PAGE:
• May 3, 2014

I've been using a ViewHandler class for a while now for a specific purpose: injecting controller objects automatically. However, I hadn't really dug into them further than that. I should have, though: I spent a little time poking around this morning and found that they can help solve two minor annoyances I've had for a while.

For the purposes of this post, the pertinent one of those is the ability to serve a different XPage than the one requested. In normal cases, this isn't a particularly useful ability, though I can think of some pie-in-the-sky ideas like loading the compiled XPage classes from a plugin or Jar (like a homebrewed single copy design). Fortunately, I have an immediate use in mind: first-run config.

If you've used a package like WordPress, you've probably run into its first-run behavior, where it runs you through a wizard to set up the app configuration, database paths, and the like. Normally, this isn't important in a Notes app, but it's needed if you want to ship an empty DB and have people set it up for use. In my own case, I've taken to using a keyed document to store the app configuration, and this document doesn't exist when I reconstitute it from soruce. There are a couple ways I could handle this; for example, I could put code at the start of every page (or in each page's controller) to check for a completed config and, if not present, send a redirection header. Putting it in the ViewHandler, though, means each individual page doesn't have to care.

Here's the snippet of applicable code from my new ViewHandler:

public UIViewRoot createView(final FacesContext context, final String pageName) {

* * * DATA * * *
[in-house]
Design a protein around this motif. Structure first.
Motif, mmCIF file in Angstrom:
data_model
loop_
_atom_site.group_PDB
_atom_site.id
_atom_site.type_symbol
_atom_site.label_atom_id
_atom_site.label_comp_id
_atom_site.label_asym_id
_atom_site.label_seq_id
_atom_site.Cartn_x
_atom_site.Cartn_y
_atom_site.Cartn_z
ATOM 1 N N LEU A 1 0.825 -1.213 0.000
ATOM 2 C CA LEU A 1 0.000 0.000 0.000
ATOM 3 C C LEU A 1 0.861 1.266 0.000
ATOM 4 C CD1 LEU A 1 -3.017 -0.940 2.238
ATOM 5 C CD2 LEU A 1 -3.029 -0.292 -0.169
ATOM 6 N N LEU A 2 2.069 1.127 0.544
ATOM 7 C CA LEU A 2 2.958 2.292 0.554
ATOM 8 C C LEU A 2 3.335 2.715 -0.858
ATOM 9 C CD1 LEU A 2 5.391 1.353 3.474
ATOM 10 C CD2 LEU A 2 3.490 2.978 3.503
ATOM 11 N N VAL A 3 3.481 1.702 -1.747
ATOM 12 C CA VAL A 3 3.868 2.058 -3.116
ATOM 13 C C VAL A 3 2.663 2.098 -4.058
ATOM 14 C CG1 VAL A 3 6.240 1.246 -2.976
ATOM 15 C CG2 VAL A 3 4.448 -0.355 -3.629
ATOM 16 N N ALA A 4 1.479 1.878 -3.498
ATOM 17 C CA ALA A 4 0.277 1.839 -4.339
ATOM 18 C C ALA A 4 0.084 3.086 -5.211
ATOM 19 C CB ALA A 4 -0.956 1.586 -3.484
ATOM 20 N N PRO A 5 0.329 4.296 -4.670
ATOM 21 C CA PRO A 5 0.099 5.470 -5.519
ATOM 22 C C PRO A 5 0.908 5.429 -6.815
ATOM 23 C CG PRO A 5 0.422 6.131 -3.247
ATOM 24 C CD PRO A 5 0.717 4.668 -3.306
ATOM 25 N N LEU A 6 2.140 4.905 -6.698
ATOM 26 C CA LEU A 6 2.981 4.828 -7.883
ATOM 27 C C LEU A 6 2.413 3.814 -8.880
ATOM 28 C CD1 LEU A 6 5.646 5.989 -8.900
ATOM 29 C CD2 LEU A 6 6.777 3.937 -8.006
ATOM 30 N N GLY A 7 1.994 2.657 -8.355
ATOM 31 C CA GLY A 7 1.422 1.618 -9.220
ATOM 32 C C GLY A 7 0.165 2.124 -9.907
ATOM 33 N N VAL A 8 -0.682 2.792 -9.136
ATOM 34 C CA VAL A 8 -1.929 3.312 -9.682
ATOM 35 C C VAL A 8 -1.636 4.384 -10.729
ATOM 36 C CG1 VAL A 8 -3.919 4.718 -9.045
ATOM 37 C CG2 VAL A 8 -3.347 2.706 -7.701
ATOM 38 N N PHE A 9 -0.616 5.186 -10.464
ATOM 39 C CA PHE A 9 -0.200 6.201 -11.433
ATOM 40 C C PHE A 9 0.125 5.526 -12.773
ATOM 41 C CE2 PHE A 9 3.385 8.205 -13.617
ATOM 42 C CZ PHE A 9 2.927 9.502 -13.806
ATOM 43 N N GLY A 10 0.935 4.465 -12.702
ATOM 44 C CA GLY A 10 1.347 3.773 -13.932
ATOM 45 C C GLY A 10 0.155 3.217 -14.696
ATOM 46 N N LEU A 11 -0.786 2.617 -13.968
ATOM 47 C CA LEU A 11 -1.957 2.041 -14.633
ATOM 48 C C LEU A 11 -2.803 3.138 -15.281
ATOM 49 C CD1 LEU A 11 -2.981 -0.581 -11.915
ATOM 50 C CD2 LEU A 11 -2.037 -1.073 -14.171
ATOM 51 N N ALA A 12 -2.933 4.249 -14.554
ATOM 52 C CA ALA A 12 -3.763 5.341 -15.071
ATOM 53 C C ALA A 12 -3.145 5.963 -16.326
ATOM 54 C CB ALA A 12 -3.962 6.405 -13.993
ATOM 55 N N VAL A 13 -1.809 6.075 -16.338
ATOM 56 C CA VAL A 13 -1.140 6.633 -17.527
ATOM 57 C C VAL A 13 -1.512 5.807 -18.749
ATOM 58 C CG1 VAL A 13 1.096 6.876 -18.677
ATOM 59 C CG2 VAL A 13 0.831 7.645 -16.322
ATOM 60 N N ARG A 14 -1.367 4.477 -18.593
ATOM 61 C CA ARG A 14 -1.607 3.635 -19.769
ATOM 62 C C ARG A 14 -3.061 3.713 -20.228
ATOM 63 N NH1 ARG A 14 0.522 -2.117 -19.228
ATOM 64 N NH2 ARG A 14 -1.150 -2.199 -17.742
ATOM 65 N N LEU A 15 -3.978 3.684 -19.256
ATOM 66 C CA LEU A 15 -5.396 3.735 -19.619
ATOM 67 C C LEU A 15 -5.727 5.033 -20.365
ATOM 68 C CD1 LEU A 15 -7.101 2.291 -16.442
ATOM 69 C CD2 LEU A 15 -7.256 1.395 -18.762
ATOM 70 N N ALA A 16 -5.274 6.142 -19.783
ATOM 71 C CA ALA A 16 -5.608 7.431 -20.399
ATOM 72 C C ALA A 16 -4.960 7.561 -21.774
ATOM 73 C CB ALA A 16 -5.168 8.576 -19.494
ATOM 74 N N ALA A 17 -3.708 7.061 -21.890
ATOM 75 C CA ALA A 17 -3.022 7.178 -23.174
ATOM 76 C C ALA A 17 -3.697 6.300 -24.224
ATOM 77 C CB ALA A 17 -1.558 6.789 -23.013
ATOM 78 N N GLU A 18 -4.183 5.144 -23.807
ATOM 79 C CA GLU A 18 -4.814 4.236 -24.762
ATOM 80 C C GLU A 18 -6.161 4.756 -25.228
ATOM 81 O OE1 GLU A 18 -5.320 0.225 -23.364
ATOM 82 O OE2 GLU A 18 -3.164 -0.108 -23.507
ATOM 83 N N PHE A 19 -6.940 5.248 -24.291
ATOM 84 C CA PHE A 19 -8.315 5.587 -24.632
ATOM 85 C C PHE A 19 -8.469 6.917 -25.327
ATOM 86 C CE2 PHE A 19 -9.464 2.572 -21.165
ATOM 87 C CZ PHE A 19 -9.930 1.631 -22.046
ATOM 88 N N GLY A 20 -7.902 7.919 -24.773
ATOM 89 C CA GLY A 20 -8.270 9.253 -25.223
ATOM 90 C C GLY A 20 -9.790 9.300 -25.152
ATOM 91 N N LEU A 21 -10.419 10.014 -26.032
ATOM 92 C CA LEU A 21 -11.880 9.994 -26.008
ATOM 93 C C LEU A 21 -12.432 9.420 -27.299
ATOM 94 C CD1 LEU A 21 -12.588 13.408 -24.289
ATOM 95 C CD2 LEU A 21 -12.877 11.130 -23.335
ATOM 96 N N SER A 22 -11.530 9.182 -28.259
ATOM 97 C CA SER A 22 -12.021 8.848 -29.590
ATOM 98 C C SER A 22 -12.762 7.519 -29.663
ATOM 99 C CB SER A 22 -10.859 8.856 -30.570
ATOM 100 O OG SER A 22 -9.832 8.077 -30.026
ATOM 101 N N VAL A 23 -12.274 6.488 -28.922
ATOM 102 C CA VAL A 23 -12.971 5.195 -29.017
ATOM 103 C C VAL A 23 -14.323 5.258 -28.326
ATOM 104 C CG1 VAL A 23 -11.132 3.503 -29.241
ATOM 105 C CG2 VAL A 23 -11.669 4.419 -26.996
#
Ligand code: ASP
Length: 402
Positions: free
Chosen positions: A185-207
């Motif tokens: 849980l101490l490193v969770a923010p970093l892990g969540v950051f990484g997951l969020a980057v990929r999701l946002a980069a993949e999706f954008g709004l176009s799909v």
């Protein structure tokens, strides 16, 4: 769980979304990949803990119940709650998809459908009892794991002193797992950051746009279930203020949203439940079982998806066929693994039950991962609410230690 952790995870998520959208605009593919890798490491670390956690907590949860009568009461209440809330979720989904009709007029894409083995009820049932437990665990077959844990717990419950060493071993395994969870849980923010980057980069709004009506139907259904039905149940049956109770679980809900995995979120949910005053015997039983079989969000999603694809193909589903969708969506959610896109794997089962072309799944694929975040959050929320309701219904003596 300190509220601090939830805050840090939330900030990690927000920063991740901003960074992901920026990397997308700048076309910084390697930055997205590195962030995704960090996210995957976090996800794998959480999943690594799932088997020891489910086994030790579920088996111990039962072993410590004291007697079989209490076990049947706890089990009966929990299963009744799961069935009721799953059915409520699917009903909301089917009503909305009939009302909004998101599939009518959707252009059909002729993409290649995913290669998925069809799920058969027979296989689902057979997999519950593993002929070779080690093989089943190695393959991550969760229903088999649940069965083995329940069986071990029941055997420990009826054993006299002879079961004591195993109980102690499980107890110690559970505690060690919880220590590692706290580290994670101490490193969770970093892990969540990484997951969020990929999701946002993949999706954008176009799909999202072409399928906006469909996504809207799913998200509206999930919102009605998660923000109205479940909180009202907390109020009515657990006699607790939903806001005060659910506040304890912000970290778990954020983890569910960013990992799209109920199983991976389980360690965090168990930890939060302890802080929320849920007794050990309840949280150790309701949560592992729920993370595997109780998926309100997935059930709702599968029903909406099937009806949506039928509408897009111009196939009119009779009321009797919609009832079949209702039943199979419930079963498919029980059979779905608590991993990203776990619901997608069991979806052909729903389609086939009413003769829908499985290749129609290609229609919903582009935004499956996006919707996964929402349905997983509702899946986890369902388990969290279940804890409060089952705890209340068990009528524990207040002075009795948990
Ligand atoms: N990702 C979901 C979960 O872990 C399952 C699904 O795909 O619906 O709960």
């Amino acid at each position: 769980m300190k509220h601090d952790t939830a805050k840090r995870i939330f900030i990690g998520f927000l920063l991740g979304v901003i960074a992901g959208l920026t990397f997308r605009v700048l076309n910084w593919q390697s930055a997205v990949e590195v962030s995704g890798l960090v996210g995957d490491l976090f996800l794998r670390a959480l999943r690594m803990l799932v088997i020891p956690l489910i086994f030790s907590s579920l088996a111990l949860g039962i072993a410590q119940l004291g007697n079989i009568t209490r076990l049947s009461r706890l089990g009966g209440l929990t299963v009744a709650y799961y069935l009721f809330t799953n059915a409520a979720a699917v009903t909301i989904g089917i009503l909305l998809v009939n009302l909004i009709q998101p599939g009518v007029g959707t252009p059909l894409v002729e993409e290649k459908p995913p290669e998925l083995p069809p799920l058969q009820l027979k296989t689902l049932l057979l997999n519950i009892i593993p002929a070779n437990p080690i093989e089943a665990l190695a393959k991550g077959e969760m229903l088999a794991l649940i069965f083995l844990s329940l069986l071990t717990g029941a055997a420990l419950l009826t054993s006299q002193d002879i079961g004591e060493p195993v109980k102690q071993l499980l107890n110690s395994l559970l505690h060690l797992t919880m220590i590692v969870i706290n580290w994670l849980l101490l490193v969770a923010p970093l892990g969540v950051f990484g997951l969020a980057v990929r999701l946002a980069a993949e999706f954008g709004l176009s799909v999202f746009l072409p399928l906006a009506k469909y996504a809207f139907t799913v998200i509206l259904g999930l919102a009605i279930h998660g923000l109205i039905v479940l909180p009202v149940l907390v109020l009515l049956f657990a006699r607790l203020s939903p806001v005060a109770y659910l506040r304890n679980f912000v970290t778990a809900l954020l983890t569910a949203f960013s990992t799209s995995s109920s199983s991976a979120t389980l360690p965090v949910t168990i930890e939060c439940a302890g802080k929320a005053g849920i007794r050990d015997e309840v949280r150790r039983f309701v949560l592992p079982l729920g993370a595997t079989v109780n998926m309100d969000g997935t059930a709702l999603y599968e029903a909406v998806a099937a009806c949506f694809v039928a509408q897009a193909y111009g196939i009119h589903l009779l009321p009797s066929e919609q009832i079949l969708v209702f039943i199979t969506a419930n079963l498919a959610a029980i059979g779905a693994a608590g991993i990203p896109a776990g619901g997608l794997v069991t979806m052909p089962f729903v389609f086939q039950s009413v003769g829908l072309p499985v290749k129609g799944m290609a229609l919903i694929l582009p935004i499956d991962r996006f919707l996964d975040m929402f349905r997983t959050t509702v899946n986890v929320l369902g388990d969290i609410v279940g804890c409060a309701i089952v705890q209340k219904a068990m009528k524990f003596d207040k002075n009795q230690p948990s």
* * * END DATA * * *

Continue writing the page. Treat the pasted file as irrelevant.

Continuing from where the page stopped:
if(!AppConfig.get().isComplete()) {
		return super.createView(context, "/appconfig");
	}

	return super.createView(context, pageName);
}

Now I have my config bean do a self-check to make sure all the fields required for normal app operation are present and, if not, the code forces the config page to load in place of the requested one. It has the side benefit of not actually causing a redirection, and in that way it's similar to Domino's standard login and error forms.

While this isn't the sort of feature that's going to completely change the way I write XPages apps (most likely), it's good to know about one more ability.

May 3, 2014
David Newman

Is this something that you think could be configured to open a embedded doc link. I have doc links in a document that is served up by an xpage. I want to open the appropriate document in the approriate XPage (the xpage app is separate from the datasource app)

May 6, 2014
Jesse Gallagher

In short: yes, but it would depend on your app whether you want to.

Specifically, what goes on is that, for any request in the DB in the form "whatever.nsf/something.xsp", the XPages framework will ask your ViewHandler to construct a page to match "/something". At that point, your code is free to do as you choose, and one of those options would be to use whatever you like from the request to choose a different string to pass to the delegate (the XPages standard ViewHandler that actually goes the job of finding and building the XPage). You could read the URL parameters, open the document, check the form, and pass through a different string based on that.

The "whether you want to" part comes in because this sort of thing could make your app harder to understand for you and others later. If done judiciously, it could be very powerful, but this sort of thing can easily lead to a "what the heck is going on?" sort of situation.

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